woman two DEM 1EXC wife-1SG.POSS stay-2/3DL-IND
'As for these two women, they are my wives'
  • topicalized constituent:
object (topicalzied) subject verb
˩˥ apal ˩˥su ˥˩i ˥na ˥i ˩˥war-ke
woman two DEM 1EXC take.INF move.around-1SG.IND
'As for these two women, I have them as spouses'

Marking of Syntactical Relations[edit]

Person and Number[14][edit]

Dom has three different person-number-systems: for pronouns, possessive suffixes on nouns and cross reference markers on verbs.

  • person-number system for pronouns:
1 2
general (exc) ˥na ˥en
non-singular (exc) ˥no
non-singular(inc) ˩˥none
non-singular ˥ne
  • person-number system for possessive suffixes:
1 2 3
singular -na -n -m
non-singular -ne
  • cross reference markers:
1 2 3
singular -i~-Ø -n -m
dual -pl -ipl
plural(three or more) -pn -im

The marking of dual and plural is not obligatory in all cases but depends on the sem ±human ±animate:

+human -human
+animate almost obligatory optional/uncommon
-animate Ø scarcely used

Tense[15][edit]

Dom has an unmarked non-future tense and a marked future tense.

Non-Future[edit]

Non-future tense is used, if

  • the event follows immediately
  • the event is in the past
˥ere ˥˩e-ke
to go-1Sg.IND
'I go/I went'
Future tense[edit]

Future tense is marked by the suffix -na (-na~-ra~-a)[16] and is used, if

  • the event is part of the speaker’s plan for the next day
  • the event is the speaker’s intention and it is possible for the speaker to go through with it
  • the event describes a potentiality or a permanent quality
˥ere ˥˩na-ke
to go.FUT-1SG.IND
'I will go'
'I think I will go'
'I might go’
'I am the kind of person, who goes'

Negation[edit]

[17]

A predicate is negated by the suffix -kl. The preceding negation particle ˥ta is optional.

˥na ˥˩kurl ˥ta ˥go +˩˥k -pge
1EXC fear NEG die NEG 1PL.IND
'We (exc.) did not fear'

Lexic[edit]

Noun Classifiers[18][edit]

Noun classifiers are lexical items preceding a noun with a more specified meaning. Phonetically and syntactically they form one unit with the following noun and thus differ from an apposition, which consists of two or more phonetic constituents. Noun classifiers can have the following functions:

  • no obvious lexical specification:
˥˩nl ˥nul
water river
'river'
  • specifying a polysemious word:
˥ere ˥˩aml
tree peanut/pandanus
'pandanus which bears the nut-like fruit'
˥kul ˥˩aml
grass peanut/pandanus
'peanut'
  • explaining loanwords:
˥˩nl ˥˩bia
water alcohol
'Alkohol'
˥˩bola ˥˩sipsip
pig sheep
'sheep'

Repetition[edit]

A noun can be repeated to express the following relations:[19]

  • reciprocity
˥˩birua ˥˩birua ˩˥me-ipka
enemy enemy stay-2/3.SRD
'The two are enemies for each other'
  • plurality
˥˩kal ˥˩kal
thing thing
'several things'

Loanwords[edit]

Tok Pisin is the main source for lexical borrowing, borrowings from English are often made indirectly via Tok Pisin. Borrowed lexemes mostly refer to new cultural objects and concepts as well as proper names and high numbers.,[20] which did not exist in the Dom language before:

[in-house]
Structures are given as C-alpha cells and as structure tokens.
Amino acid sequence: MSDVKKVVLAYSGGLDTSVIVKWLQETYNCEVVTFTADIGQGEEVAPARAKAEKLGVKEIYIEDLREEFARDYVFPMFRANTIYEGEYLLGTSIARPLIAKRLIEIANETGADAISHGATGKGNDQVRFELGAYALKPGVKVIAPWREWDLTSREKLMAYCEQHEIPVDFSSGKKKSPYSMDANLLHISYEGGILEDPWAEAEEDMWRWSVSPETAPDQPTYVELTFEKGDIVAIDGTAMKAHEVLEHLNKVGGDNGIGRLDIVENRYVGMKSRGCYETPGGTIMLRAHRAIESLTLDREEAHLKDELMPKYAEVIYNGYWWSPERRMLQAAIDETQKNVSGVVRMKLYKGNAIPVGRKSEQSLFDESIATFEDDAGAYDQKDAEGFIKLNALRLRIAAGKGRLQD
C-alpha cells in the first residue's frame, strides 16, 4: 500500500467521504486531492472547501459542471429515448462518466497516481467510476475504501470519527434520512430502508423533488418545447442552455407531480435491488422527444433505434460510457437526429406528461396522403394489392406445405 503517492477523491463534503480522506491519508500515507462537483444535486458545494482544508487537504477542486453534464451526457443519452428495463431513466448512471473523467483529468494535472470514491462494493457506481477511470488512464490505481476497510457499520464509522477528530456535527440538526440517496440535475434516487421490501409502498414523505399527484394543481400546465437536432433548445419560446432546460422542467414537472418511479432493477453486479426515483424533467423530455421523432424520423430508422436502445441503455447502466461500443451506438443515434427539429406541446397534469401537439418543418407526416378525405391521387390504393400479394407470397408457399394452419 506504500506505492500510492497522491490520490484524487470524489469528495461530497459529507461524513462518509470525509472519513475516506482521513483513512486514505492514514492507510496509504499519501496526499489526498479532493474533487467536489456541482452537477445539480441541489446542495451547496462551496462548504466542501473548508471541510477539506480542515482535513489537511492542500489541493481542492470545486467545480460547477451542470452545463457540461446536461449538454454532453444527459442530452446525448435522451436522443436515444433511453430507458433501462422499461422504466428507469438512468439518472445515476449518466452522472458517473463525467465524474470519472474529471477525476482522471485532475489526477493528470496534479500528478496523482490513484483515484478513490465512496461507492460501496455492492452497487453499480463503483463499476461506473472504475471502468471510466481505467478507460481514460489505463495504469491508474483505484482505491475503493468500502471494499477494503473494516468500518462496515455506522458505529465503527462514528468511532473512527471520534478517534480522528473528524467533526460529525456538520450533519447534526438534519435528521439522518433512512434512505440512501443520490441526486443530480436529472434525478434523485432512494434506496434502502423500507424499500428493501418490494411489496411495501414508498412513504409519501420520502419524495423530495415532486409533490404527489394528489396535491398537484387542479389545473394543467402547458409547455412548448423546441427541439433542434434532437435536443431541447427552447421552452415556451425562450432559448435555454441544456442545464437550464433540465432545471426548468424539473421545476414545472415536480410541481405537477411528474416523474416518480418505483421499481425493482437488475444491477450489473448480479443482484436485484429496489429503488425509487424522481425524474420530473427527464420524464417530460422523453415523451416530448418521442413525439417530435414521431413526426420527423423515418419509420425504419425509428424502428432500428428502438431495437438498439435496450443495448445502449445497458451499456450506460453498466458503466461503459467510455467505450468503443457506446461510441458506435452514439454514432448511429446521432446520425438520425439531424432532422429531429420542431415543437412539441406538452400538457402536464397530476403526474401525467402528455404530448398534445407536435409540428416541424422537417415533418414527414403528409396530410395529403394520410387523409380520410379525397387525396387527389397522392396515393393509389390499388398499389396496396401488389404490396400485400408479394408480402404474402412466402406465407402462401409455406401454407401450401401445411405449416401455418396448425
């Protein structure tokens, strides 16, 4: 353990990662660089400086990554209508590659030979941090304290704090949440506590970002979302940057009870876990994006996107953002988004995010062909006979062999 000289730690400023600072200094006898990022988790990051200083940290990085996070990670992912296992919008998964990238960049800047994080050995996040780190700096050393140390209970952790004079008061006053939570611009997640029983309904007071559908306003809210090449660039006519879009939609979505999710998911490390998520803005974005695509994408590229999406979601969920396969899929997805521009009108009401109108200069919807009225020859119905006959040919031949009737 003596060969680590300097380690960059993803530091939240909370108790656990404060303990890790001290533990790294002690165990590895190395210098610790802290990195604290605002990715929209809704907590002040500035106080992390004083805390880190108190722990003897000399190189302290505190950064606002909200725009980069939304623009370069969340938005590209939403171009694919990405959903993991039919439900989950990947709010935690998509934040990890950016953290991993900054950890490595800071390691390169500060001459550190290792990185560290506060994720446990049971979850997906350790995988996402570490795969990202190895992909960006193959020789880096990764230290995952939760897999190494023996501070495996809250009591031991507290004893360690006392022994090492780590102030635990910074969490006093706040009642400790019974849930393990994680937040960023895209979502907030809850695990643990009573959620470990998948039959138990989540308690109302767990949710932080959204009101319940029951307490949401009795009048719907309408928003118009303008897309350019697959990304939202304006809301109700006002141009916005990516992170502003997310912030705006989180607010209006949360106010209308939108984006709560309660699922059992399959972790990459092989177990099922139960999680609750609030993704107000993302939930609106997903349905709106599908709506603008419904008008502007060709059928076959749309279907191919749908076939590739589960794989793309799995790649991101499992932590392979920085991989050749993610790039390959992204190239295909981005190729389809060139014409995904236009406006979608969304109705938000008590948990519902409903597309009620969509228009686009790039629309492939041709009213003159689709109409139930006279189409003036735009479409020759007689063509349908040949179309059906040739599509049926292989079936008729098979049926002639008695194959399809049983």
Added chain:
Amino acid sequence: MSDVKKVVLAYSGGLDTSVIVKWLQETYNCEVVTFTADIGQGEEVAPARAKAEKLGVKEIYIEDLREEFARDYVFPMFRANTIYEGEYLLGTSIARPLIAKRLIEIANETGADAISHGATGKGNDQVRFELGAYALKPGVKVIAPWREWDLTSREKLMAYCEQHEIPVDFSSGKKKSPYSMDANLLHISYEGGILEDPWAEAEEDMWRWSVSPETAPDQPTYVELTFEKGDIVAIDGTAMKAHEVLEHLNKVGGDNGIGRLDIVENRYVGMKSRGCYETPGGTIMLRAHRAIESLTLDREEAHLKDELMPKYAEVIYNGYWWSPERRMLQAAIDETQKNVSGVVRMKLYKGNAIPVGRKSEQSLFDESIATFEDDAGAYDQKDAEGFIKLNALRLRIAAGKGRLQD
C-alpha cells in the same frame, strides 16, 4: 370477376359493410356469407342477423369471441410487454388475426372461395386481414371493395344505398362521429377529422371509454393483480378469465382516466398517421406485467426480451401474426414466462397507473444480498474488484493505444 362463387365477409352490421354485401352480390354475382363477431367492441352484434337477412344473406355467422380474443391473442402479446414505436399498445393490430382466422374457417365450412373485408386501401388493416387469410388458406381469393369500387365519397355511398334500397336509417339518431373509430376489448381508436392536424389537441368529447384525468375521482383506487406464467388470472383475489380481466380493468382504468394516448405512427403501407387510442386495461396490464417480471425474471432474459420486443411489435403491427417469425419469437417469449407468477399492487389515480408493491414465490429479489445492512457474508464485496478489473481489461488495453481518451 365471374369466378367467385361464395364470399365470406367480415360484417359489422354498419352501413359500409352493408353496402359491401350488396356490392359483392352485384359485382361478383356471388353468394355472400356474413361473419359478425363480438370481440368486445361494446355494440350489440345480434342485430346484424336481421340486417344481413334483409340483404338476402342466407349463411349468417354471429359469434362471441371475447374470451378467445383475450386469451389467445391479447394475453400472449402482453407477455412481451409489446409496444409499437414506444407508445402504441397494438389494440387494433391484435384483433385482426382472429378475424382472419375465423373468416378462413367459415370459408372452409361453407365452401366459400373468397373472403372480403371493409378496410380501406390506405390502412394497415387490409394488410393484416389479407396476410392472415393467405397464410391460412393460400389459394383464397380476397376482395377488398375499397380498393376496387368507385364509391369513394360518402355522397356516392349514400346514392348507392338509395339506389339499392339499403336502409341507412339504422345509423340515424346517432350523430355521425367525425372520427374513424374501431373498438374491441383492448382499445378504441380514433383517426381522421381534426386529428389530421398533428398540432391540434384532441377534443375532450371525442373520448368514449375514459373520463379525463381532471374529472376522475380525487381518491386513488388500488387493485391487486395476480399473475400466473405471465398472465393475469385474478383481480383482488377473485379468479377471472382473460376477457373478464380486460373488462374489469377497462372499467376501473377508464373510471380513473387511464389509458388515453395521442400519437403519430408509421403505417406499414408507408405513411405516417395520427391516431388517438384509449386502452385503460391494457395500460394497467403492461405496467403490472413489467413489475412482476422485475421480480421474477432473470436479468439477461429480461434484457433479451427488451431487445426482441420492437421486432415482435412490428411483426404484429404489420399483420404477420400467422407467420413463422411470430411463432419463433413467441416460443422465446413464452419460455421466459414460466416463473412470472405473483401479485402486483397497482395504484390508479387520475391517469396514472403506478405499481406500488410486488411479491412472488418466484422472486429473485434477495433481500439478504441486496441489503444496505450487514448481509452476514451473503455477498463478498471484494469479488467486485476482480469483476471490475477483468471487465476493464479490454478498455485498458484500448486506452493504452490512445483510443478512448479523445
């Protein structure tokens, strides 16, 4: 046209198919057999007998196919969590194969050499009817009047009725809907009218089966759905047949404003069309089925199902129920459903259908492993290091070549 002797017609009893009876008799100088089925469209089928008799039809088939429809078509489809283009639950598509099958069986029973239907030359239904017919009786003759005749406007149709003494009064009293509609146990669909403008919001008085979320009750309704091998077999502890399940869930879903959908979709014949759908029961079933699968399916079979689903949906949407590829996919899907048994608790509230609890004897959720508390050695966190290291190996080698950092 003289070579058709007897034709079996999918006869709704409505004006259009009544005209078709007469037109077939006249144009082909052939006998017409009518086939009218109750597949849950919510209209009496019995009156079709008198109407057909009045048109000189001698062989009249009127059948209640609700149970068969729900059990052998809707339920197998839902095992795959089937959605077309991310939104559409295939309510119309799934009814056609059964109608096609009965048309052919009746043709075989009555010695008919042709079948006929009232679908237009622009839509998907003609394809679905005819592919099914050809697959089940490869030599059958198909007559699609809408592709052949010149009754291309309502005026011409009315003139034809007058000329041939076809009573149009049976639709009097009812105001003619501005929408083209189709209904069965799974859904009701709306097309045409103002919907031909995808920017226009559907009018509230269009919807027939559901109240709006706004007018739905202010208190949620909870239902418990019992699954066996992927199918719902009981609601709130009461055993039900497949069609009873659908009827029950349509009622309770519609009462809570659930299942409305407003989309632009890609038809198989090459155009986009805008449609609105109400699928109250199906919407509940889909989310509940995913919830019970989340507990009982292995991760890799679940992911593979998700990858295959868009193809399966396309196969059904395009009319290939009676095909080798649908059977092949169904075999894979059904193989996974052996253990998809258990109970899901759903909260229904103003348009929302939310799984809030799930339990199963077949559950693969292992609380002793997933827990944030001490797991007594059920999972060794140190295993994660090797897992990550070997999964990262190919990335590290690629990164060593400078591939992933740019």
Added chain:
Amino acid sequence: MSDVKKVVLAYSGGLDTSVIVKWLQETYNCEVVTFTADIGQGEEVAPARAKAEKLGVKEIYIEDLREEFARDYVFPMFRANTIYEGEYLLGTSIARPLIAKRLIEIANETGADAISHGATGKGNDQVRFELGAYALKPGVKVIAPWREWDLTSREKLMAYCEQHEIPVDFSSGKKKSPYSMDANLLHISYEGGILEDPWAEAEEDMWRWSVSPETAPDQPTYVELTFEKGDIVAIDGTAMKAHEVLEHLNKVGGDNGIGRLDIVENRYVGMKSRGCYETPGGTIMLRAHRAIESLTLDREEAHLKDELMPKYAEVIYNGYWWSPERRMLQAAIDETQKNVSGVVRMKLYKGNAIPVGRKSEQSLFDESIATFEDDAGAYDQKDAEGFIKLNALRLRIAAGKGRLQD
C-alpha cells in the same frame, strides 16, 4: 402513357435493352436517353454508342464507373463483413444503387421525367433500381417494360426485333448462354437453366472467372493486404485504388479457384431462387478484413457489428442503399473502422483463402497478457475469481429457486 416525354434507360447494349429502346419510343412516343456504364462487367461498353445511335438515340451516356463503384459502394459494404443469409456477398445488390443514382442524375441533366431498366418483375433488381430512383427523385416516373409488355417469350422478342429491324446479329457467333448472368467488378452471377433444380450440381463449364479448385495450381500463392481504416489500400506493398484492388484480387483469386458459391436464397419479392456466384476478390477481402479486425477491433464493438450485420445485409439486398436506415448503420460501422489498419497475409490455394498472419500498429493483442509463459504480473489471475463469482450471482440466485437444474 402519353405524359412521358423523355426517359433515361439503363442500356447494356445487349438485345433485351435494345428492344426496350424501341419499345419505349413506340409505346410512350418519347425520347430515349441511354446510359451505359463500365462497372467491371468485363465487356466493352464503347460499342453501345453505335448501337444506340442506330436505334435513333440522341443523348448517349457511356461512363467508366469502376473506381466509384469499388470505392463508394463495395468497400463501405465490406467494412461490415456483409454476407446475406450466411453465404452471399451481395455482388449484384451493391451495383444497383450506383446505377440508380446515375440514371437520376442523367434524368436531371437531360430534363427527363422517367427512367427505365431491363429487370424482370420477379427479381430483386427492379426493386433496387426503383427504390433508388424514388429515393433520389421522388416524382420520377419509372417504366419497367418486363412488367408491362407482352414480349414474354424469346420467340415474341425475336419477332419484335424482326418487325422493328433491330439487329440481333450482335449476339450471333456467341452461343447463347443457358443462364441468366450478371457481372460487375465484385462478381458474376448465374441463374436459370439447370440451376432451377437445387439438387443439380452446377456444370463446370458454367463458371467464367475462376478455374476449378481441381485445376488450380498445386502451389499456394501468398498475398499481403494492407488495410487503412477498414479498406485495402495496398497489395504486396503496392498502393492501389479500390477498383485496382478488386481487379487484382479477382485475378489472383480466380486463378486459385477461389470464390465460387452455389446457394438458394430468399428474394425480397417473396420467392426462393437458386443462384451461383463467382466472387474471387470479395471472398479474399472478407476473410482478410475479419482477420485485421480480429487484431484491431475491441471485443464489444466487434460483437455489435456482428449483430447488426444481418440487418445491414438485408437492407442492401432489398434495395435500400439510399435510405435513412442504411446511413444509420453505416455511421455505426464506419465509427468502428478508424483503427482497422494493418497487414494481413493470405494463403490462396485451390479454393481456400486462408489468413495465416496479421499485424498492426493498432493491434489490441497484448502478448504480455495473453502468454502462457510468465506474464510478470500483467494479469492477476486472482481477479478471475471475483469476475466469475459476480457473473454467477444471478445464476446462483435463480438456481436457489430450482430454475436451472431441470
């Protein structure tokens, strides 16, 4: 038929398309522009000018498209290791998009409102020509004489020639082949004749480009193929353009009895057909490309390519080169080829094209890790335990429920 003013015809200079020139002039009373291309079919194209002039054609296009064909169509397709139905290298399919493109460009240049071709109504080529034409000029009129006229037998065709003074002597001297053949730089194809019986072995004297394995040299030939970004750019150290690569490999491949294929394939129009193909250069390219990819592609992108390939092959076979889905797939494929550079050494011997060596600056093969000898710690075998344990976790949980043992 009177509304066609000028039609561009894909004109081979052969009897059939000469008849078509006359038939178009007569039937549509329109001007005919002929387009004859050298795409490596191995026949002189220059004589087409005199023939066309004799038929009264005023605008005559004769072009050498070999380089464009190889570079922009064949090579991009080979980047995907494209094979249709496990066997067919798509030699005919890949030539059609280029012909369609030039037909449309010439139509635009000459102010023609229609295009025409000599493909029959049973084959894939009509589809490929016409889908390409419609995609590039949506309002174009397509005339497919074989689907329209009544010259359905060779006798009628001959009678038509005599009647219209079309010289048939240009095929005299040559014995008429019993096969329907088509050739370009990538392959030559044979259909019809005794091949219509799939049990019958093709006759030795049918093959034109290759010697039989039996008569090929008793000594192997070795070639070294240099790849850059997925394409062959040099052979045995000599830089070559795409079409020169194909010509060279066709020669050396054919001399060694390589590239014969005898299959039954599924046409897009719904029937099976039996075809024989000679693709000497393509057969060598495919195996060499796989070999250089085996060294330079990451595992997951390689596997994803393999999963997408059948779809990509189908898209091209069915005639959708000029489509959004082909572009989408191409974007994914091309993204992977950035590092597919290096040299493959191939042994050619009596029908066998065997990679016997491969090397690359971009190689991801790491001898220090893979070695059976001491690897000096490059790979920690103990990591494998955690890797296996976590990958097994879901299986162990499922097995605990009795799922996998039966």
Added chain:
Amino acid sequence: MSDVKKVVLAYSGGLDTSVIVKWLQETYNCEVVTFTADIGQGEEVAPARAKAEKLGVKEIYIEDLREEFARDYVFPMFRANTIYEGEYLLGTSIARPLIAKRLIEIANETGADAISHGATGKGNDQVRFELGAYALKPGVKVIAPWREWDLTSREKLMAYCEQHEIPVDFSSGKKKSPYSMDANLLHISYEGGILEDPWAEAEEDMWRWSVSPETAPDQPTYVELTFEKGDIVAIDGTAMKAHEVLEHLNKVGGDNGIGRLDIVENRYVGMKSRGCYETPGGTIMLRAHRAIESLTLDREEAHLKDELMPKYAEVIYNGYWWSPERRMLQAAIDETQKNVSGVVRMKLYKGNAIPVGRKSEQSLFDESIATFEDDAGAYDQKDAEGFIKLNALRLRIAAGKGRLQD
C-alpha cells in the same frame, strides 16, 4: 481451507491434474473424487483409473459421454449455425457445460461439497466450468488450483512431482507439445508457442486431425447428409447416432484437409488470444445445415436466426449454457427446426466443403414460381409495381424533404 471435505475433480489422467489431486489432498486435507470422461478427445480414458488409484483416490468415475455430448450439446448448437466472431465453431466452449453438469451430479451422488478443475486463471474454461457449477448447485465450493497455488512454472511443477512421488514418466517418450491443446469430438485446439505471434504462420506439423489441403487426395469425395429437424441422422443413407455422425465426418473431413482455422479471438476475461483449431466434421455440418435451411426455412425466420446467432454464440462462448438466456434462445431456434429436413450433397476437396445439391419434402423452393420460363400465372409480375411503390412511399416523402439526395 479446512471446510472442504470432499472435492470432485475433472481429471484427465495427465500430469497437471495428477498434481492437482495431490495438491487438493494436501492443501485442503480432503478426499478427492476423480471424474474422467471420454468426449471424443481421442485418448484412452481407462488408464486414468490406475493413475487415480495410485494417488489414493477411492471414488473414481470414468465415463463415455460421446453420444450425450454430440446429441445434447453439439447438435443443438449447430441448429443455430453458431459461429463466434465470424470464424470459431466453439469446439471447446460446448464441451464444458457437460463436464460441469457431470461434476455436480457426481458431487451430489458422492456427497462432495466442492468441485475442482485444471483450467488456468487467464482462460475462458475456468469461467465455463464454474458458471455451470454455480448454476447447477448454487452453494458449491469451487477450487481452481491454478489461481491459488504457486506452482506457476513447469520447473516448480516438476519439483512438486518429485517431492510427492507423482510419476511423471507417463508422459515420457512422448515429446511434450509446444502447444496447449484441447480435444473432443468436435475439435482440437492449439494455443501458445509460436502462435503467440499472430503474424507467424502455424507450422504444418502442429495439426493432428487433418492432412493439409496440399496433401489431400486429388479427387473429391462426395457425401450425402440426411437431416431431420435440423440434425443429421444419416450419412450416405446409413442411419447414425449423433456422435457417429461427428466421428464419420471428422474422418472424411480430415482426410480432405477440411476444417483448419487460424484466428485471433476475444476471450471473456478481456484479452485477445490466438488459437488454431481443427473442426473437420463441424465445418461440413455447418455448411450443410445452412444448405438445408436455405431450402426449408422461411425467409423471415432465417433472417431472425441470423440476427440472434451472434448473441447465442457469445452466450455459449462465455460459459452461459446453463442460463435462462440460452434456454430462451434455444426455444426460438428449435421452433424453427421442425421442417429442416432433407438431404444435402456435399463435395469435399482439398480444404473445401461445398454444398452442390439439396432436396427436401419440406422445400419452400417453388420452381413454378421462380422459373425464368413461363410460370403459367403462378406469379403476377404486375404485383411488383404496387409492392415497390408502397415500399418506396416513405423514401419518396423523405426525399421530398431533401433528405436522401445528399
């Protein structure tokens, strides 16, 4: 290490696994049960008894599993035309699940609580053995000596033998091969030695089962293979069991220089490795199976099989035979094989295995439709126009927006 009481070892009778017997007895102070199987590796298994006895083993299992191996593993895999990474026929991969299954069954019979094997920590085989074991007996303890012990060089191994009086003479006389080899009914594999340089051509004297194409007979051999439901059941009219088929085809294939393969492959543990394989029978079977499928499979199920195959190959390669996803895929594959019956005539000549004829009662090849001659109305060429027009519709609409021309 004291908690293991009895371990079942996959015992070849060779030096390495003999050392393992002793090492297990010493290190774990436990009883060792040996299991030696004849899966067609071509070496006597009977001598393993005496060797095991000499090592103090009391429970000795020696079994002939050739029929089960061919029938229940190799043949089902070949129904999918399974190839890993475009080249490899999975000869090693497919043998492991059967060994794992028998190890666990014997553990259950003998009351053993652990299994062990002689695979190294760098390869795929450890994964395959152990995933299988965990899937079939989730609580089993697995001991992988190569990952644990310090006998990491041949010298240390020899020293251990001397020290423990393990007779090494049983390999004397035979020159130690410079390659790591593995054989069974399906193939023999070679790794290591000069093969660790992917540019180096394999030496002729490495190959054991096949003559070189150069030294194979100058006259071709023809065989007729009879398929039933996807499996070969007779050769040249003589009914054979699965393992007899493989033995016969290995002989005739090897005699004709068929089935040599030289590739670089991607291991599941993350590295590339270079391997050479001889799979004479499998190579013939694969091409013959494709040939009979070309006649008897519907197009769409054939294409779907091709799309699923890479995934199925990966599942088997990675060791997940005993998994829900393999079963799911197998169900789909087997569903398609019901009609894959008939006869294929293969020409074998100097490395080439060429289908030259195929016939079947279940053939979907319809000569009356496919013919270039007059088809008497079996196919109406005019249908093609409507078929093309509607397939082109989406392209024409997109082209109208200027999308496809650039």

• kar ’car’
  • skul 'school, to study'
  • akn 'Mount Hagen'
  • andret 'hundred'

But recently some already existing Dom words have begun to be replaced by Tok Pisin lexical items:

  • wanpla for dom tenanta 'one'
  • blat for dom miam 'blood'
  • stori for dom kapore-el- 'to tell a story'

The Demonstrative System[21][edit]

The demonstrative system: spatial alignment and visibility

Dom has a spatial referencing demonstrative system, i.e. there are certain demonstrative lexemes bearing information about the spatial relation of the referred object to the speaker alongside neutral demonstratives. A Dom speaker also uses different lexemes for visible and invisible objects. In the case of visible objects, the speaker locates it on a horizonal and vertical axis as to whether it is proximal, medium or distal from the speaker and on the same level, uphill or downhill.

Demonstratives with spatial alignment:[22]

proximal medium distal
without vertical alignment ˥ya ˥˩sipi
level ˥yale ˥˩ile ˩˥ile
uphill ˥yape ˥˩ipe ˩˥ipe
downhill ˥yame ˥˩ime ˩˥ime

For invisible objects one must be aware of the cause for its invisibility. If it is invisible because the object is behind the speaker, a proximal demonstrative is used. Objects obscured behind an obstacle are referred to with distal demonstratives and invisible objects by their nature with downhill demonstratives. Invisible objects, that are very far away, are referred to with the downhill distal demonstrative ˩˥ime.

References[edit]

  1. ^ Tida Syuntarô (2006): A Grammar of the Dom Language. A Papuan Language of Papua New Guinea. Page 1; 6; 8
  2. ^ Hammarström, Harald; Forkel, Robert; Haspelmath, Martin; Bank, Sebastian, eds. (2016). "Dom [1]". Glottolog 2.7. Jena: Max Planck Institute for the Science of Human History.  line feed character in |chapter= at position 4 (help)
  3. ^ Tida Syuntarô (2006): A Grammar of the Dom Language. A Papuan Language of Papua New Guinea. Page 1
  4. ^ Tida Syuntarô (2006): A Grammar of the Dom Language. A Papuan Language of Papua New Guinea. Page 1f; 3
  5. ^ Tida Syuntarô (2006): A Grammar of the Dom Language. A Papuan Language of Papua New Guinea. Page 2
  6. ^ Tida Syuntarô (2006): A Grammar of the Dom Language. A Papuan Language of Papua New Guinea. Page 1
  7. ^ Tida Syuntarô (2006): A Grammar of the Dom Language. A Papuan Language of Papua New Guinea. Page 9
  8. ^ Tida Syuntarô (2006): A Grammar of the Dom Language. A Papuan Language of Papua New Guinea. Page 13
  9. ^ Tida Syuntarô (2006): A Grammar of the Dom Language. A Papuan Language of Papua New Guinea. Page 24-42
  10. ^ Tida Syuntarô (2006): A Grammar of the Dom Language. A Papuan Language of Papua New Guinea. Page 111-164
  11. ^ Tida Syuntarô (2006): A Grammar of the Dom Language. A Papuan Language of Papua New Guinea. Page 111-114
  12. ^ Tida Syuntarô (2006): A Grammar of the Dom Language. A Papuan Language of Papua New Guinea. Page 131
  13. ^ Tida Syuntarô (2006): A Grammar of the Dom Language. A Papuan Language of Papua New Guinea. Page 111
  14. ^ Tida Syuntarô (2006): A Grammar of the Dom Language. A Papuan Language of Papua New Guinea. Page 124f
  15. ^ Tida Syuntarô (2006): A Grammar of the Dom Language. A Papuan Language of Papua New Guinea. Page 128f
  16. ^ Tida Syuntarô (2006): A Grammar of the Dom Language. A Papuan Language of Papua New Guinea. Page 84
  17. ^ Tida Syuntarô (2006): A Grammar of the Dom Language. A Papuan Language of Papua New Guinea. Page 160f
  18. ^ Tida Syuntarô (2006): A Grammar of the Dom Language. A Papuan Language of Papua New Guinea. Page 115 f
  19. ^ Tida Syuntarô (2006): A Grammar of the Dom Language. A Papuan Language of Papua New Guinea. Page 117
  20. ^ Tida Syuntarô (2006): A Grammar of the Dom Language. A Papuan Language of Papua New Guinea. Page 2
  21. ^ Tida Syuntarô (2006): A Grammar of the Dom Language. A Papuan Language of Papua New Guinea. Page 225
  22. ^ Tida Syuntarô (2006): A Grammar of the Dom Language. A Papuan Language of Papua New Guinea. Page 125